My first blog for the Q community was a My Improvement Journey, back in March 2018. I joined Q in mid-2017 after becoming a Research Fellow at the University of Birmingham (UoB), Institute of Applied Health Research, on a three year contract which was extended for another three years in September 2019. My research topic is Process Management in the NHS.
As a Chartered Engineer I’m a member of the Healthcare special interest group of the Institute of Engineering Technology (IET) and as a Chartered Quality Professional I’m helping to establish a Healthcare special interest group of the Chartered Quality Institute (CQI). I regularly contribute to healthcare related discussion and activities in these two Institutions. This has further increased my understanding into the working of the NHS from a different viewpoint and has given me access to a greater range of workshops and conferences and, particularly over the last 12 months, webinars.
So, what have I learnt about Process Management in the NHS after over four years of research at the UoB, my work with the IET and CQI, and over three years as a member of the Q community?
Through all this, one thing that I have not managed so far is to find any examples of Process Management Systems in the NHS
I’ve certainly met lots of very interesting people who are working hard to improve the performance of the NHS. I’ve read many of the vast number of reports produced by the many organisations that have an interest in the NHS. I’ve produced six Q Exchange ideas and, though I’m disappointed that none were funded, I have been pleased with the support and encouragement that I’ve had from Q community members for all these ideas. I’ve been an active member of both Q Lab projects, and started two Special Interest Groups (SIGs) alongside joining and contributing to a number of SIGs. Additionally, I’ve taken part in Q Visits and Randomised Coffee Trials and have found both to be of good value. All of this activity has given me a great insight into the working of the NHS – I almost forgot Hexitime, a skill exchange time bank, which I’ve also been involved with.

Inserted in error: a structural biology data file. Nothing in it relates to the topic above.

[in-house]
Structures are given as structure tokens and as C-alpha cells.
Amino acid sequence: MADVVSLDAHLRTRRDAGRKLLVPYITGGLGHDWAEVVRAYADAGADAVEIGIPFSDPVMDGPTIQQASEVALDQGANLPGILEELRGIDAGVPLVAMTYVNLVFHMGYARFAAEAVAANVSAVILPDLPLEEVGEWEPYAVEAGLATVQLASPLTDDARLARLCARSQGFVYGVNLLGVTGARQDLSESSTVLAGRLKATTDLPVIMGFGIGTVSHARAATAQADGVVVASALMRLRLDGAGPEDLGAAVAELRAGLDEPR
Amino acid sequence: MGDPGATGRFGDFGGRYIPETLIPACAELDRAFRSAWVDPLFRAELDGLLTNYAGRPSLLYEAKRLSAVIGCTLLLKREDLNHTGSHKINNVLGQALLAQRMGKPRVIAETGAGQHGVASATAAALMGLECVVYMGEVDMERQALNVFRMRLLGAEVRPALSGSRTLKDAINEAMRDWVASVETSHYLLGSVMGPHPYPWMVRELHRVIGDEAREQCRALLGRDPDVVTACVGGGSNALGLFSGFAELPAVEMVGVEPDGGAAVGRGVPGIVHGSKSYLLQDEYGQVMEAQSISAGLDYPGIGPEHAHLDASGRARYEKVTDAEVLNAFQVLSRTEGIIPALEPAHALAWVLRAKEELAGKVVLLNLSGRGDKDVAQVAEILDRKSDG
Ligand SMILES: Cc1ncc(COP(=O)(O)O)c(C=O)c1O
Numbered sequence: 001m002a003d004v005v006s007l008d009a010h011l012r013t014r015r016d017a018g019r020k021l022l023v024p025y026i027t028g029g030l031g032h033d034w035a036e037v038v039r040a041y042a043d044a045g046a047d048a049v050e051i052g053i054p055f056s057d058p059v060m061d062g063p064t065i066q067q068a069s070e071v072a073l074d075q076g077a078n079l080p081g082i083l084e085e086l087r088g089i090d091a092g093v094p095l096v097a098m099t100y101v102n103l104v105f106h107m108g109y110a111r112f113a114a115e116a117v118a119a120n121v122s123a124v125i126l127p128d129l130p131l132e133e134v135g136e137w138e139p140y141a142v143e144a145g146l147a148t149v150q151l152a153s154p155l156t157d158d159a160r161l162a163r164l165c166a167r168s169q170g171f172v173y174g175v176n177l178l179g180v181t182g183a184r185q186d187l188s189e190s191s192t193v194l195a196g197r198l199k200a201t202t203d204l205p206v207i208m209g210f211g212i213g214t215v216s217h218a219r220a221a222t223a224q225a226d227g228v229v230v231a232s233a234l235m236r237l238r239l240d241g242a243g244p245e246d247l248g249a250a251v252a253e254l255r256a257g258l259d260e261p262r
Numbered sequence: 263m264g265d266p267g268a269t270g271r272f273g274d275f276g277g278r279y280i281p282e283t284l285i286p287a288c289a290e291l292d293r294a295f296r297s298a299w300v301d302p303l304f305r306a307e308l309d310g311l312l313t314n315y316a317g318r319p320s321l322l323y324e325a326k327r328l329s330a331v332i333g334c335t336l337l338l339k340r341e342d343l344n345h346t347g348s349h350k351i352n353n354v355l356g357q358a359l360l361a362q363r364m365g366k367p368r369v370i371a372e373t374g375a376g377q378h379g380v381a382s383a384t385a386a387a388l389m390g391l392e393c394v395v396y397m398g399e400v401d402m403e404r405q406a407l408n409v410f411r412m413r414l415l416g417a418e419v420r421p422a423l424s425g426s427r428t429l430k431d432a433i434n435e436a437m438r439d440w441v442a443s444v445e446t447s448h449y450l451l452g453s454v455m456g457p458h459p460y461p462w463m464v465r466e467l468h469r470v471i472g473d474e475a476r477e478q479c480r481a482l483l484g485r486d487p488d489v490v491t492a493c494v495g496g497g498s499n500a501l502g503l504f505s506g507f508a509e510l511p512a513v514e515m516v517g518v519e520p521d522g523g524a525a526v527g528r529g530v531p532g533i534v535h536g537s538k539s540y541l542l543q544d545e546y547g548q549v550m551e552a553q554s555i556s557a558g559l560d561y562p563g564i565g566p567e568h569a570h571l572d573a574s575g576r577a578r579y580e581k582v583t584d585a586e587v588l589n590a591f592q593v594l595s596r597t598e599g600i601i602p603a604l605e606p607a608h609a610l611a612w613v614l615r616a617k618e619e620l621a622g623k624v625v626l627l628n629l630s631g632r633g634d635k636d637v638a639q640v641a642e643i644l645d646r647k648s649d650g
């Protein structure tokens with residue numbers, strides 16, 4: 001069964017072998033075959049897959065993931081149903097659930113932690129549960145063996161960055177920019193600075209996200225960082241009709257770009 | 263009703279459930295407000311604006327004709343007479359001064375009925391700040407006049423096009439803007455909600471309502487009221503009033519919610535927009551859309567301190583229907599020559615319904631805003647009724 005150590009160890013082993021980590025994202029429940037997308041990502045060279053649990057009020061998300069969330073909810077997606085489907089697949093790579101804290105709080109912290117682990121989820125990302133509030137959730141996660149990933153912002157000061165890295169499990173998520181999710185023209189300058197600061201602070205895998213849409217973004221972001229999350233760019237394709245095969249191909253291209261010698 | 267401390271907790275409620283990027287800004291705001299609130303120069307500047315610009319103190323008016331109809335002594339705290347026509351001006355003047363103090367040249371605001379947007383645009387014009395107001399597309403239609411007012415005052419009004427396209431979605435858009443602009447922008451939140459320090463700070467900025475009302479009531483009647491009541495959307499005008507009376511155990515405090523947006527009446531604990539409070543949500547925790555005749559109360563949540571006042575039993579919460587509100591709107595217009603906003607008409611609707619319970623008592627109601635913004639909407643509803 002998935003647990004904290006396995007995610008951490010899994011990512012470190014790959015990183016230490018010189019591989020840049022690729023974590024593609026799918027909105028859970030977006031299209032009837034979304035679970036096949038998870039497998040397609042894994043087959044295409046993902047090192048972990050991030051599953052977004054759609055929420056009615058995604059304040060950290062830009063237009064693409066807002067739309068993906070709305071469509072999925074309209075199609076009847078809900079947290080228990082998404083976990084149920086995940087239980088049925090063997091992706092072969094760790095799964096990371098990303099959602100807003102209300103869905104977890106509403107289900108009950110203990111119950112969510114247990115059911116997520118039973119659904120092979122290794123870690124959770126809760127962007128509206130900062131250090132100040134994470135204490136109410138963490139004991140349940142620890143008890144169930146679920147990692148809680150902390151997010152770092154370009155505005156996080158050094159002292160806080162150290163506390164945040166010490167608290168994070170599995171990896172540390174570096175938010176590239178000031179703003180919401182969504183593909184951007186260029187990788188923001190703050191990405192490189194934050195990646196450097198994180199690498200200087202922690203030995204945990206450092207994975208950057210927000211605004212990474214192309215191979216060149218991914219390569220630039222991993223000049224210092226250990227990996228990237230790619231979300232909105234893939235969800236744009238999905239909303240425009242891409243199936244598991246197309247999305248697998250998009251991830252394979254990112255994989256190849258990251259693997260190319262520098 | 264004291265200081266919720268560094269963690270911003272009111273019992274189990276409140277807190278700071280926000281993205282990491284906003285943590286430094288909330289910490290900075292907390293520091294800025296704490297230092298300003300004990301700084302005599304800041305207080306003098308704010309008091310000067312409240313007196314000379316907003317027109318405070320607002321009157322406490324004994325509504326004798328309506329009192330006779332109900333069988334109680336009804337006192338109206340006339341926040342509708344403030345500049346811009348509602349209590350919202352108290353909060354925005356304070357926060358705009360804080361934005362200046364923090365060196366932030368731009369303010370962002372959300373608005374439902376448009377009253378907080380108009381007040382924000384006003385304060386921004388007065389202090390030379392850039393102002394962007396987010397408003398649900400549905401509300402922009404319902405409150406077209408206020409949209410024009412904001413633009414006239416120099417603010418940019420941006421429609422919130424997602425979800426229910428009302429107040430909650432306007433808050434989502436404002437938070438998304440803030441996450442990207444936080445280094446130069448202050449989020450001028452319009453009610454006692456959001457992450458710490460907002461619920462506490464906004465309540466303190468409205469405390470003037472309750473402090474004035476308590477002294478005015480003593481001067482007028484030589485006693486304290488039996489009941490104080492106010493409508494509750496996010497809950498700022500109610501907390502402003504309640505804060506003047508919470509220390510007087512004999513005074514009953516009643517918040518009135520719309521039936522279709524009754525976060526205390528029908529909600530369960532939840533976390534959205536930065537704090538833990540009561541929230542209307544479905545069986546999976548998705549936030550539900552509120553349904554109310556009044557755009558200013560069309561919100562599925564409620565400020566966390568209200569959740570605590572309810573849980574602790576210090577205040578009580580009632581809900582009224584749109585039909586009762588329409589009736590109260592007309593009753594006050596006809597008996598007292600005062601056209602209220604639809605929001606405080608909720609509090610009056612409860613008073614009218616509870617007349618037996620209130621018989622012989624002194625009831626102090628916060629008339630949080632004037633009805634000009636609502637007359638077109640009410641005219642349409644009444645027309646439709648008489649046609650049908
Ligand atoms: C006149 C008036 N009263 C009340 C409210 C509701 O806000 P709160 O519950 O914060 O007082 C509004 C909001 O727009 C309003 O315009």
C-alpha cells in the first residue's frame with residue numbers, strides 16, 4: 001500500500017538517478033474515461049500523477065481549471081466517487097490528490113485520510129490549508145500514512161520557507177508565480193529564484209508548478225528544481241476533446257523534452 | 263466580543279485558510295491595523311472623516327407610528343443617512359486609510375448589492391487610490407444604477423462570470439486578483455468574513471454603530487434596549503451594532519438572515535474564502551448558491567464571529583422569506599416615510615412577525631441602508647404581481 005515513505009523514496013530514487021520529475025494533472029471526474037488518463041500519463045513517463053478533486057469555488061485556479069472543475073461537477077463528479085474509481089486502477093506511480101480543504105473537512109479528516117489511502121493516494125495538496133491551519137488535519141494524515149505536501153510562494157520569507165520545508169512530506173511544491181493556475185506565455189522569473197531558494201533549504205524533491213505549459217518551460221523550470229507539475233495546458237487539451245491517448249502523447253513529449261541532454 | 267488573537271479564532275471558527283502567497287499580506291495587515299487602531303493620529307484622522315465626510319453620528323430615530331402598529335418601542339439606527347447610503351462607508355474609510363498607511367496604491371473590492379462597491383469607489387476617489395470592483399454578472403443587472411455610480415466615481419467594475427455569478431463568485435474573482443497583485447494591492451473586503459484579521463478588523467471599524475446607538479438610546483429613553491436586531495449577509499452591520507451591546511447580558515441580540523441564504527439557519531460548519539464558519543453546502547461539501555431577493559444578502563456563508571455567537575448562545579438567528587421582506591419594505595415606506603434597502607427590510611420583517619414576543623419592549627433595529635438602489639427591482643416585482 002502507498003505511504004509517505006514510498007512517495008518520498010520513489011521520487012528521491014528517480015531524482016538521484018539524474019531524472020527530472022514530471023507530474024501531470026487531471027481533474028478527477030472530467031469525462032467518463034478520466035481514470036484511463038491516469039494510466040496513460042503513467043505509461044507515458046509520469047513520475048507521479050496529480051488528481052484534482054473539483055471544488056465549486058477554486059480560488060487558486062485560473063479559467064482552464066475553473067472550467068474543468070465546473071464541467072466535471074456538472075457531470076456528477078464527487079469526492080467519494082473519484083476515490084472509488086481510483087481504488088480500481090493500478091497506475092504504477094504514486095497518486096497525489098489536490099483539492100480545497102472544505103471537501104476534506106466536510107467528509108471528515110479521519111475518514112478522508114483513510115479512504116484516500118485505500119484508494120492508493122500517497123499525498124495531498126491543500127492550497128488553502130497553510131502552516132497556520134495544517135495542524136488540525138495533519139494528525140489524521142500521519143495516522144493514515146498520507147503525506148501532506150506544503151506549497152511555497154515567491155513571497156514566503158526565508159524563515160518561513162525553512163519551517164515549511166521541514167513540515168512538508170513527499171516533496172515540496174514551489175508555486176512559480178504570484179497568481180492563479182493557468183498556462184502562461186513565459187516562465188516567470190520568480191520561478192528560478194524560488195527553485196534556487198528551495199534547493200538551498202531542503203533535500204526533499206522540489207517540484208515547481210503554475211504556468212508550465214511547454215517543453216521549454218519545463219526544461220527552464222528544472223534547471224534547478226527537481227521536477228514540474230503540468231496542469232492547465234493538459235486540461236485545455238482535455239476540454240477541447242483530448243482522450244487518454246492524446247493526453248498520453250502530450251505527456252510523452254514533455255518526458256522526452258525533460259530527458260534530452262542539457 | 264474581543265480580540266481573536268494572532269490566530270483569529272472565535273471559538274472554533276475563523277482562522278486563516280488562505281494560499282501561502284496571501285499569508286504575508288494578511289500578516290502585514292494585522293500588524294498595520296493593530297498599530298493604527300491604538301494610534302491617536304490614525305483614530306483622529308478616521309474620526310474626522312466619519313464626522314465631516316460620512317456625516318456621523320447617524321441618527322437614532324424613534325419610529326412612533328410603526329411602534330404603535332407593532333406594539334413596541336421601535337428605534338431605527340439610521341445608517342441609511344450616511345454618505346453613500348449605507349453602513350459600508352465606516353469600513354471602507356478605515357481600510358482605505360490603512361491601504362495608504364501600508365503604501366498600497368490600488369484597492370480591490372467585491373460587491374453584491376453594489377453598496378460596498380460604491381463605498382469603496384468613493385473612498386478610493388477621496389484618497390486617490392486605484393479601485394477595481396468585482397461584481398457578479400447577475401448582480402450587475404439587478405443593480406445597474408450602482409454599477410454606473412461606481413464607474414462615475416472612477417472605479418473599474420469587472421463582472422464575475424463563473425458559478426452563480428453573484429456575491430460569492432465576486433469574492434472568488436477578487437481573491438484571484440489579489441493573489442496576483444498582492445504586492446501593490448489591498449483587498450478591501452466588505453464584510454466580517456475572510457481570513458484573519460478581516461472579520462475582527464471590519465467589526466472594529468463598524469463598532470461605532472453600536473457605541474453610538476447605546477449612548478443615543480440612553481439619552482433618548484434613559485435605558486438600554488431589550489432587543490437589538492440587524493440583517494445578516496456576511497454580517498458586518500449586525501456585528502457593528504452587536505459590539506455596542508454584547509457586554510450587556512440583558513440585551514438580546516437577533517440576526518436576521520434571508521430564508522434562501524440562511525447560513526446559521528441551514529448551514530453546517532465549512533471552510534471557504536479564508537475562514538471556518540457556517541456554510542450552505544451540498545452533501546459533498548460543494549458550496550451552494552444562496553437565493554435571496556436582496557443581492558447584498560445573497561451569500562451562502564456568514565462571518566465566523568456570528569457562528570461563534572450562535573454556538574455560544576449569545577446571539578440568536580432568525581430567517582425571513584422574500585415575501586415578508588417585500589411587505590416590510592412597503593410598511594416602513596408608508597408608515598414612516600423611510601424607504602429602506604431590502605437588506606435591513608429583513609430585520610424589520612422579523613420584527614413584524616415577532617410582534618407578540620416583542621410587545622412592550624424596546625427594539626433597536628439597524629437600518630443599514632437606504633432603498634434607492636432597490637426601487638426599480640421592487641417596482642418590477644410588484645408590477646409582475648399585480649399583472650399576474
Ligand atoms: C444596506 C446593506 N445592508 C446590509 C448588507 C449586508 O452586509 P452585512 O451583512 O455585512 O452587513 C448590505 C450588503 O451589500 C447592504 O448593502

Through all this, one thing that I have not managed so far is to find any examples of Process Management Systems in the NHS. This is a great disappointment, particularly with the numbers of ‘never events’ in hospitals currently averaging six every week and the number of Trusts currently in special measures.
My key learnings from my research to date are that the NHS would benefit from Process Management, and that the reports mentioned above create confusion in the NHS around understanding ‘process’ as opposed to ‘Process Management. My research hypothesis is: ‘If the NHS introduced Process Management this would have many benefits not least of which is Patient Safety’, and thus far, my research is in support of this. I would love to be able to prove my research hypothesis but am unable to manage this without NHS collaboration.
Two things that my research has shown are that the NHS needs Service Re-design and Process Management. The NHS Long Term Plan (LTP) supports this although we differ on how this will be achieved. The LTP and NHS Scotland in their Discussion Paper, introduced at the Q community event 2020, pin their hopes on QI projects. I do not agree that QI is the way to re-design services. The paper has since been shared in the recently created Service Design SIG and I shared comments on the document laying out why I don’t believe QI is the way to redesign services, which you can read in more detail in the group space.
What about my hopes for the future of this subject? I have less than two years left at the UoB and I’m not planning on a further extension to my contract. It’s possible that I’ll be involved in a project within the NHS where process mapping and continuous improvement will be key elements of the project. I’ll be sharing the insight and learning from my ongoing research via the two SIGs I convene: Process Visualization in the NHS (Note: visualisation is a first step to Process Management) and the more recent group mentioned above; Service Design. Join these groups to see updates on my research and to share your thoughts; it would be even better if you could help me to prove my research hypothesis.
I’ve had many years of hands on experience in design and Process Management and have certainly gained an appropriate education. I will continue with my efforts to help the NHS but am also keen to hear from others in the NHS that could help me in this task.
Do you have questions on Process Management in the NHS or experience to share in this area? Join the Service Design SIG and share your insight.